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post #946 of 5519

oh no honey odds are pretty good for you rotflmao.gif

oh boy
post #947 of 5519
Originally Posted by Piobaire View Post

Please stop filming me; that's discrimination.

I've been trying to figure out who this woman reminds me of and have figured it out: why
post #948 of 5519
Thread Starter 
She's not hideous. A little chunky but I dig the red hair thing. If she calmed down I'd toss one in her.
post #949 of 5519
Originally Posted by harvey_birdman View Post

She's not hideous. A little chunky but I dig the red hair thing. If she calmed down I'd toss one in her.

Kind of early to be this drunk bro.
post #950 of 5519
Thread Starter 
It's a Sunday, brah. Lord's day of rest.
post #951 of 5519
I figured this thread was the most sensible place to put this story.

Short version: A couple of Greek organizations at Dartmouth canceled an annual philanthropic event call the "Phiesta" because someone got offended over the fact that it might be culturally insensitive and exploit a holiday that doesn't happen until a week-and-a-half after the party.

I've highlighted some of my favorite parts, but the whole article is worth reading.

The presidents of Alpha Phi sorority and Phi Delta Alpha fraternity canceled “Phiesta,” an annual philanthropic event planned for Saturday, after students raised concerns about the theme’s possible cultural insensitivity, A Phi president Courtney Wong ’15 said.

“We take these concerns very seriously,” Wong said. “And we want to make sure that we respect the diversity of the broader community.”

Phi Delt president Taylor Cathcart ’15 reiterated Wong’s comments, emphasizing that he supported canceling the event.

“We felt that the possibility of offending even one member of the Dartmouth community was not worth the potential benefits of having the fundraiser,” Cathcart said.

All proceeds would have gone toward cardiac care, according to the Facebook invitation.

Dartmouth community members were invited to join Greek members on Phi Delt’s lawn of for a performance by campus band “Burn the Barn,” free virgin piña coladas and strawberry daiquiris, chips and salsa, homemade guacamole and Boloco burritos.

Yesterday, upon hearing about the event, Daniela Hernandez ’15 sent an email to Greek Letter Organizations and Societies, GLOS director Wes Schaub, Dean of the College Charlotte Johnson, the Office of Pluralism and Leadership and the Panhellenic Council.

In the email, Hernandez raised concerns, including those about racial insensitivity.

“There are various problematic structures and ideologies regarding a Cinco de Mayo-inspired event, and I am sure that we, as a Dartmouth community, could learn from the extensive literature written about the Americanization of Cinco de Mayo and its construction as a drinking holiday in the United States, cultural appropriation and the inappropriate usage of cultural clothing, and the exploitation of groups of people and cultures for the sake of business opportunities,” Hernandez said in an email to The Dartmouth.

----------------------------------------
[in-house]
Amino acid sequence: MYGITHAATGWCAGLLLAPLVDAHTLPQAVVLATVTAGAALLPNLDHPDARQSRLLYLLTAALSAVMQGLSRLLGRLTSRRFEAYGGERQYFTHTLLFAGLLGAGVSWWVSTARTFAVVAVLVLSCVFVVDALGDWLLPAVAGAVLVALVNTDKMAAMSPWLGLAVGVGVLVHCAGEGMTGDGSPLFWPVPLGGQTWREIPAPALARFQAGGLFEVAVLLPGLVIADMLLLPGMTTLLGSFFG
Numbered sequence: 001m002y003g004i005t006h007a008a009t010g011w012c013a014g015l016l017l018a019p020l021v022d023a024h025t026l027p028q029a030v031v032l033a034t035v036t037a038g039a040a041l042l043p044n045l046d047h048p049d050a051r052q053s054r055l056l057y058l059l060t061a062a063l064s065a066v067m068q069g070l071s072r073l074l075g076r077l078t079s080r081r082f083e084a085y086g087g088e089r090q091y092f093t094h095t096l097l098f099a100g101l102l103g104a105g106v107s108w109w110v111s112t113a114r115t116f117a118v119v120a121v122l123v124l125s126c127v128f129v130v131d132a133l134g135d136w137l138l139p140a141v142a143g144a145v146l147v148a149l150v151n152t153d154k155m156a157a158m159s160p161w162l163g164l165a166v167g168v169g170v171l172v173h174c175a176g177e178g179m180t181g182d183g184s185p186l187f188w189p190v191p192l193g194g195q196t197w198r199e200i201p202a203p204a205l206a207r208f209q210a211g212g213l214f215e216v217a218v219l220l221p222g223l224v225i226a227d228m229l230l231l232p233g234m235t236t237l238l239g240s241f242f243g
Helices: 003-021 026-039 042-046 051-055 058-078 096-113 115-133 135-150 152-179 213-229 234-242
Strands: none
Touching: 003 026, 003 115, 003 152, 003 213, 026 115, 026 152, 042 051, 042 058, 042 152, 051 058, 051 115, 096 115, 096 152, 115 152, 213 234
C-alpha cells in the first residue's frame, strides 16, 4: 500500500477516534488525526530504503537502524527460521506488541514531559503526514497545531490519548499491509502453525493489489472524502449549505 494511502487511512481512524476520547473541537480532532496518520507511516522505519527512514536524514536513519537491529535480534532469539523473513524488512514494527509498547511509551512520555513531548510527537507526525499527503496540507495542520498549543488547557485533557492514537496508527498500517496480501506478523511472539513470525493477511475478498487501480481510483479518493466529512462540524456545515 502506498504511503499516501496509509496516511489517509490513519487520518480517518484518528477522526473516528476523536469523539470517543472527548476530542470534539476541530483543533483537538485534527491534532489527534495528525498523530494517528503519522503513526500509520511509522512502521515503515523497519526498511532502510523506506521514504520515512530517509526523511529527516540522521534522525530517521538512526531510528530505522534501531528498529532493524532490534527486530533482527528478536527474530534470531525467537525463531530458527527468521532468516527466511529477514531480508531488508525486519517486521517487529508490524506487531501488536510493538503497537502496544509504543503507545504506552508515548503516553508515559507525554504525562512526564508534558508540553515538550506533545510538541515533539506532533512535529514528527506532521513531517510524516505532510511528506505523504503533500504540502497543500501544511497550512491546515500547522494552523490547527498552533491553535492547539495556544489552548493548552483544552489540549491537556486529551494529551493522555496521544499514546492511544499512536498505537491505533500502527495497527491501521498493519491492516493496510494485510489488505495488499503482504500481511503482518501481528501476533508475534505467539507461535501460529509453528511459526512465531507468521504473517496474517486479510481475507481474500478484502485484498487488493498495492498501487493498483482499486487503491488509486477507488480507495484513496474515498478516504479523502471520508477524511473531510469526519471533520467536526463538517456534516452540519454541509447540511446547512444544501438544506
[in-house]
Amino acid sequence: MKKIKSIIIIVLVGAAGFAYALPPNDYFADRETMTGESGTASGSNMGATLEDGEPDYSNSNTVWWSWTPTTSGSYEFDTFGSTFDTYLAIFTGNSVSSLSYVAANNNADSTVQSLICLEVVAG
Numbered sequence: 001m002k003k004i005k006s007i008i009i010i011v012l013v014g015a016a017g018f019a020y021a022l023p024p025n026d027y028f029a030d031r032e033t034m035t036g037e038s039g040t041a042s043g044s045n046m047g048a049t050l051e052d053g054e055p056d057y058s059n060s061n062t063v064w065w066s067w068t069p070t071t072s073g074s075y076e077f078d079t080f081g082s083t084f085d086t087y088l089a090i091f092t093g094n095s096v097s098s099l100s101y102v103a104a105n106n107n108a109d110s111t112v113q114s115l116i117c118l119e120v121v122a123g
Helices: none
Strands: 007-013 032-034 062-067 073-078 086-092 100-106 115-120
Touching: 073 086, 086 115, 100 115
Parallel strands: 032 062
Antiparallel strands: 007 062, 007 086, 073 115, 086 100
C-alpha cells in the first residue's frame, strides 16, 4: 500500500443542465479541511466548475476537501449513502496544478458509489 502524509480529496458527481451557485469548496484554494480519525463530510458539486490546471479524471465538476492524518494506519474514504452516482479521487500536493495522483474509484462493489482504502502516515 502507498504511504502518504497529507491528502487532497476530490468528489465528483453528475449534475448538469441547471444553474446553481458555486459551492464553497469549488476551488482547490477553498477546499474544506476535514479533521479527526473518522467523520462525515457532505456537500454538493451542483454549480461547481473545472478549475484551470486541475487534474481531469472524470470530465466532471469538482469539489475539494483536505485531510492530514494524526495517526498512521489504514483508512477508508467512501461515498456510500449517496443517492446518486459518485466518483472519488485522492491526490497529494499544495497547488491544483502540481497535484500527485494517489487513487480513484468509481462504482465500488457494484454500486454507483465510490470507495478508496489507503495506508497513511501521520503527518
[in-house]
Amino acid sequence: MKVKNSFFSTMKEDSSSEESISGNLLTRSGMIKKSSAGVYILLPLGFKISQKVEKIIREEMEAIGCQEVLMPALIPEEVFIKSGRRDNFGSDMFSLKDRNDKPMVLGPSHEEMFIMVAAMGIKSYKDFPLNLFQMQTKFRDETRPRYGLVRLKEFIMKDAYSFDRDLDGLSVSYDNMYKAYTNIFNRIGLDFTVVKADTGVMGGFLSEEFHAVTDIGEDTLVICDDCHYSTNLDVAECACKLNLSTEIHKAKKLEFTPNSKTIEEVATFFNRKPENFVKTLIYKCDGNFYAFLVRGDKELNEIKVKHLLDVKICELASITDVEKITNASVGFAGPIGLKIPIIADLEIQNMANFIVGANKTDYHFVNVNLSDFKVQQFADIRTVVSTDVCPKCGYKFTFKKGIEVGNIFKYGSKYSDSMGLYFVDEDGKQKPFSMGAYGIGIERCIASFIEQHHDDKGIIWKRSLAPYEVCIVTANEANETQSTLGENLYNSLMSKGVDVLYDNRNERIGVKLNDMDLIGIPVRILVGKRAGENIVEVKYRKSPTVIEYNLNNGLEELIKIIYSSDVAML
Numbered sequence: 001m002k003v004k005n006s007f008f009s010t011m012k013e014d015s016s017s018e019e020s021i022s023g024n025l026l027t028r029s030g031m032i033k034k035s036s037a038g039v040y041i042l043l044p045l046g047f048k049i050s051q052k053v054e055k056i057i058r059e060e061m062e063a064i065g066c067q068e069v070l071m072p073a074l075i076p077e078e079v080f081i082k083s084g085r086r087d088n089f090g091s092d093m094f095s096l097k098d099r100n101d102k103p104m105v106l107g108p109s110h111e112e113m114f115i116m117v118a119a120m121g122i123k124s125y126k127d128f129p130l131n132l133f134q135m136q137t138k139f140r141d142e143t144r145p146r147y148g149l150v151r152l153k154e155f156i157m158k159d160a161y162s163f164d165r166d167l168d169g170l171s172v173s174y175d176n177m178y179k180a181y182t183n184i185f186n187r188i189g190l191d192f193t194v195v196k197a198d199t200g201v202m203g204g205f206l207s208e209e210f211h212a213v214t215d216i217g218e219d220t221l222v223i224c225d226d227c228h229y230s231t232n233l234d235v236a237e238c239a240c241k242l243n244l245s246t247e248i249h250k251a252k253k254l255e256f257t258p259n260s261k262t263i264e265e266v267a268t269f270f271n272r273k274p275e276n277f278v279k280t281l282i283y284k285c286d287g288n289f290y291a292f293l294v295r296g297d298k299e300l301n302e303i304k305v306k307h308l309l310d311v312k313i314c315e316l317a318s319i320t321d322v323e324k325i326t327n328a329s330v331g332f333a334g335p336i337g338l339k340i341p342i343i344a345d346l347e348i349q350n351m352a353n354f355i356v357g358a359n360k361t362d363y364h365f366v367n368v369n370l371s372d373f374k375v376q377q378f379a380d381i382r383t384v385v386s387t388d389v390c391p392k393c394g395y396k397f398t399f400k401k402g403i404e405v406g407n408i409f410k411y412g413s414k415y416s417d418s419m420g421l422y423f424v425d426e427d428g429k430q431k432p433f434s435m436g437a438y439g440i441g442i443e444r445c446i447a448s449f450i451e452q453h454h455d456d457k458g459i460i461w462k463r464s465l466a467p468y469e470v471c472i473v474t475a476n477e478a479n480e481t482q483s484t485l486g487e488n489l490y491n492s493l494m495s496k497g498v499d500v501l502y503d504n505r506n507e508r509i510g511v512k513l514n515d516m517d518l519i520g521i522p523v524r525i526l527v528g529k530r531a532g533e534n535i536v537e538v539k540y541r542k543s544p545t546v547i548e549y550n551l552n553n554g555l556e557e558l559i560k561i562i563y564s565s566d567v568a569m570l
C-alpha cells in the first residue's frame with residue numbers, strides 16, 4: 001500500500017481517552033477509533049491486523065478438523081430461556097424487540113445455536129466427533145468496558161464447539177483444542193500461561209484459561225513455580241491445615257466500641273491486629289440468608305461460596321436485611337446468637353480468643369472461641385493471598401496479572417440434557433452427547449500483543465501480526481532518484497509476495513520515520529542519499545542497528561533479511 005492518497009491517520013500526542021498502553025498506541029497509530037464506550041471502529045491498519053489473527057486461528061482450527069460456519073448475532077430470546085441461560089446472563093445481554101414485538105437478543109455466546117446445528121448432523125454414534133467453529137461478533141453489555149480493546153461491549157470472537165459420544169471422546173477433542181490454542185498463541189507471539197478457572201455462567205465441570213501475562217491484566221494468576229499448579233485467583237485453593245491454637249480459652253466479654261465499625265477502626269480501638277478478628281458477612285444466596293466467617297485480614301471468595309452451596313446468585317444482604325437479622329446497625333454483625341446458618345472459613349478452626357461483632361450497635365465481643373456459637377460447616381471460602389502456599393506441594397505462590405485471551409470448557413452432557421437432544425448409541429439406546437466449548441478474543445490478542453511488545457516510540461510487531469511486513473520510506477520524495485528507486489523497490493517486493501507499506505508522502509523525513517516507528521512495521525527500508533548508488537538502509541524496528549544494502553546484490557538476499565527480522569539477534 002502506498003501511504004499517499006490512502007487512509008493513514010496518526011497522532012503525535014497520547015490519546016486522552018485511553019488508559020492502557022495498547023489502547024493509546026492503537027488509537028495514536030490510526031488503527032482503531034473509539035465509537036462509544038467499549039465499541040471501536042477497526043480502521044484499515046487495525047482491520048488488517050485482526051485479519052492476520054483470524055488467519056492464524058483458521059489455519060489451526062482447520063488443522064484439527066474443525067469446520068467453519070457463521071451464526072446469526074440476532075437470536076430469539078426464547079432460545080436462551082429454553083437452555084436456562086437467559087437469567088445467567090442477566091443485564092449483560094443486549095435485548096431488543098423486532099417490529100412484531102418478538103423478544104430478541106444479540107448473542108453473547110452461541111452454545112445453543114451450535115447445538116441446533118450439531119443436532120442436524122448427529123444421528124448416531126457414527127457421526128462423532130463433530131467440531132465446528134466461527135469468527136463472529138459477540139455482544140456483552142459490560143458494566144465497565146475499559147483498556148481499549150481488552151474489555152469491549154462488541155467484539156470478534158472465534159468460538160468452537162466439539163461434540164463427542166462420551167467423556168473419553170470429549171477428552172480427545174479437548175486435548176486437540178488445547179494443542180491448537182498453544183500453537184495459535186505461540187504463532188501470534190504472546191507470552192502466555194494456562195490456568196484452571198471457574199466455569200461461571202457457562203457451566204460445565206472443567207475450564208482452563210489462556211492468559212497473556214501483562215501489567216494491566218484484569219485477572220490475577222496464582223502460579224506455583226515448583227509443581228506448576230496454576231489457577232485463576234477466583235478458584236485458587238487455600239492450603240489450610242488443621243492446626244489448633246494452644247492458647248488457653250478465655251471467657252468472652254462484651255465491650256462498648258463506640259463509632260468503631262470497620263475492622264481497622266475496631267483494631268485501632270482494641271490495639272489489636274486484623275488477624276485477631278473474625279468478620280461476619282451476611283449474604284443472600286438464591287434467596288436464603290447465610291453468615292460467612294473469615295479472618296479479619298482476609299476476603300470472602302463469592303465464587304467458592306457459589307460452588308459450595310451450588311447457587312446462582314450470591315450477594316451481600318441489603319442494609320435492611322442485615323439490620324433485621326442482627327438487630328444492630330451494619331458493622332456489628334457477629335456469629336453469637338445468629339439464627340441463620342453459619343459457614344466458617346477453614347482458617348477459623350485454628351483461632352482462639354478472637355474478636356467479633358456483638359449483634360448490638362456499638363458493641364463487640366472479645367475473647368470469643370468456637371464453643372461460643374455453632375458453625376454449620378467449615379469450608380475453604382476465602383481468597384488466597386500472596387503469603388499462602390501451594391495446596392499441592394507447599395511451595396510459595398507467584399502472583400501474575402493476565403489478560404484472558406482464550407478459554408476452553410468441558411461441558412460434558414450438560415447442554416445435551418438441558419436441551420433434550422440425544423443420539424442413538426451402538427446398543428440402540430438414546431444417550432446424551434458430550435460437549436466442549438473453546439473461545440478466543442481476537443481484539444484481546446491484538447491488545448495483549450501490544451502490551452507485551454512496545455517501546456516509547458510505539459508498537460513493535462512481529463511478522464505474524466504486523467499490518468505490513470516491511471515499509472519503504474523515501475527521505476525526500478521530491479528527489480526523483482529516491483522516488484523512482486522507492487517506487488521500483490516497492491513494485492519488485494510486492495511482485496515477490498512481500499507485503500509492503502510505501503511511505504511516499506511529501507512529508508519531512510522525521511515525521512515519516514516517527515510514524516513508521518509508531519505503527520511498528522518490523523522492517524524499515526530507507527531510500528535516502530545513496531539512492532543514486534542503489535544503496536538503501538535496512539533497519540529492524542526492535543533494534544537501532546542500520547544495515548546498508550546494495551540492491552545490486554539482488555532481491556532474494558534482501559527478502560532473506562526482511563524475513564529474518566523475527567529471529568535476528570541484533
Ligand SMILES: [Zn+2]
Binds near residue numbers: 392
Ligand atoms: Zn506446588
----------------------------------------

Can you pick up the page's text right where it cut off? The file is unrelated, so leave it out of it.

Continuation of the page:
While offended, Hernandez said she was not taken aback when she heard about the event.

“As a Mexican-born, United-States-raised, first-generation woman of color, it was sadly unsurprising that a culturally-themed party was seen as a casual venture for such a privileged institution such as Dartmouth,” she said. “I believe that social consciousness and cultural awareness is something that we need to work on as a community.”

By press time, she had not received a response, she said. Hernandez’s email was not sent directly to the presidents of A Phi or Phi Delt, but Schaub later alerted them to the email, Wong said.

OPAL director Alysson Satterlund said these kinds of events do not represent Dartmouth’s values.

“Events that mock and marginalize others certainly do not reflect our Principle of Community and do not reflect values of inclusion, respect and a care for others,” she said in an email to The Dartmouth.

Thursday night at the Tabard coed fraternity, 15 Phi Delt, A Phi and Tabard members gathered informally to discuss the event once concerns were raised that “Phiesta” was “not necessarily the most politically correct event,” Tabard president Connie Gong ’15 said.

The meeting aimed to encourage inter-campus dialogue and talk to both Greek and non-Greek community leaders as equals, Gong said. The meeting, Gong said, was exclusively for members of A Phi, Phi Delt and Tabard.

“We essentially wanted to open channels of communication more to Greek leaders to make sure the concerns of members both inside and outside of the Greek community could be addressed and taken seriously by the relevant people in positions of authority,” she said.

Moving forward, Wong said the houses hope to organize a philanthropic event that people feel they can participate in without being offended. The houses will take precautions when organizing future events, she said, including talking to different campus groups to ensure that these concerns are not raised again.

Satterlund suggested discussing ideas with administrators and faculty members before moving forward with an event.

Similar concerns were raised last summer after Alpha Delta fraternity and Delta Delta Delta sorority co-hosted a “Bloods and Crips”-themed party, sparking national media attention. Tri Delt and AD presidents proposed a new Greek Leadership Council policy asking Greek organizations that receive complaints regarding community standards to adjudicate the accused individuals in-house or participate in mediation sessions with the complainants.

GLC members approved the policy unanimously in February, adopting it into the organization’s bylaws.